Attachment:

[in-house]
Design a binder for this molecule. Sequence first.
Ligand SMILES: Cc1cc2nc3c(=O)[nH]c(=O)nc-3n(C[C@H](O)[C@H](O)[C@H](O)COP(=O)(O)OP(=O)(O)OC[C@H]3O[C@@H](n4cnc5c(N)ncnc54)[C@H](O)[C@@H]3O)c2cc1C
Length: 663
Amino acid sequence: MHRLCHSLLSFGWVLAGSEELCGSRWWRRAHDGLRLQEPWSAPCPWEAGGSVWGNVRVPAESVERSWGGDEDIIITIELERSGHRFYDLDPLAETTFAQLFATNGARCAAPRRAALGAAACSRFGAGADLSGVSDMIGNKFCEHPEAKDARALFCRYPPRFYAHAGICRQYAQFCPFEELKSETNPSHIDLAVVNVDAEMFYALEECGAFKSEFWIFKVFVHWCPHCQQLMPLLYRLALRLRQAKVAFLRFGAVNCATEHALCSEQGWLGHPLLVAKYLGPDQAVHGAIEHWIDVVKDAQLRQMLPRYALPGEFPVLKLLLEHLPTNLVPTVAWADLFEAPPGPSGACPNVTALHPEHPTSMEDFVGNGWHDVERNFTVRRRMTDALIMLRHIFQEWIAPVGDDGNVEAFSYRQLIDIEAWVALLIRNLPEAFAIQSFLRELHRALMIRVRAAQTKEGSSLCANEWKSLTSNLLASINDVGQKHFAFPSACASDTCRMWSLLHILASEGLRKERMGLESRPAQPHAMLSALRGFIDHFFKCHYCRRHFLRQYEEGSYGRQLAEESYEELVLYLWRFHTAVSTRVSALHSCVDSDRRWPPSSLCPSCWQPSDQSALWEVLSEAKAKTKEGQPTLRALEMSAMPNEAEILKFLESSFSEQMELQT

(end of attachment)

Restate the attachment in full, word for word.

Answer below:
[in-house]
Design a binder for this molecule. Sequence first.
Ligand SMILES: Cc1cc2nc3c(=O)[nH]c(=O)nc-3n(C[C@H](O)[C@H](O)[C@H](O)COP(=O)(O)OP(=O)(O)OC[C@H]3O[C@@H](n4cnc5c(N)ncnc54)[C@H](O)[C@@H]3O)c2cc1C
Length: 663
Amino acid sequence: MHRLCHSLLSFGWVLAGSEELCGSRWWRRAHDGLRLQEPWSAPCPWEAGGSVWGNVRVPAESVERSWGGDEDIIITIELERSGHRFYDLDPLAETTFAQLFATNGARCAAPRRAALGAAACSRFGAGADLSGVSDMIGNKFCEHPEAKDARALFCRYPPRFYAHAGICRQYAQFCPFEELKSETNPSHIDLAVVNVDAEMFYALEECGAFKSEFWIFKVFVHWCPHCQQLMPLLYRLALRLRQAKVAFLRFGAVNCATEHALCSEQGWLGHPLLVAKYLGPDQAVHGAIEHWIDVVKDAQLRQMLPRYALPGEFPVLKLLLEHLPTNLVPTVAWADLFEAPPGPSGACPNVTALHPEHPTSMEDFVGNGWHDVERNFTVRRRMTDALIMLRHIFQEWIAPVGDDGNVEAFSYRQLIDIEAWVALLIRNLPEAFAIQSFLRELHRALMIRVRAAQTKEGSSLCANEWKSLTSNLLASINDVGQKHFAFPSACASDTCRMWSLLHILASEGLRKERMGLESRPAQPHAMLSALRGFIDHFFKCHYCRRHFLRQYEEGSYGRQLAEESYEELVLYLWRFHTAVSTRVSALHSCVDSDRRWPPSSLCPSCWQPSDQSALWEVLSEAKAKTKEGQPTLRALEMSAMPNEAEILKFLESSFSEQMELQT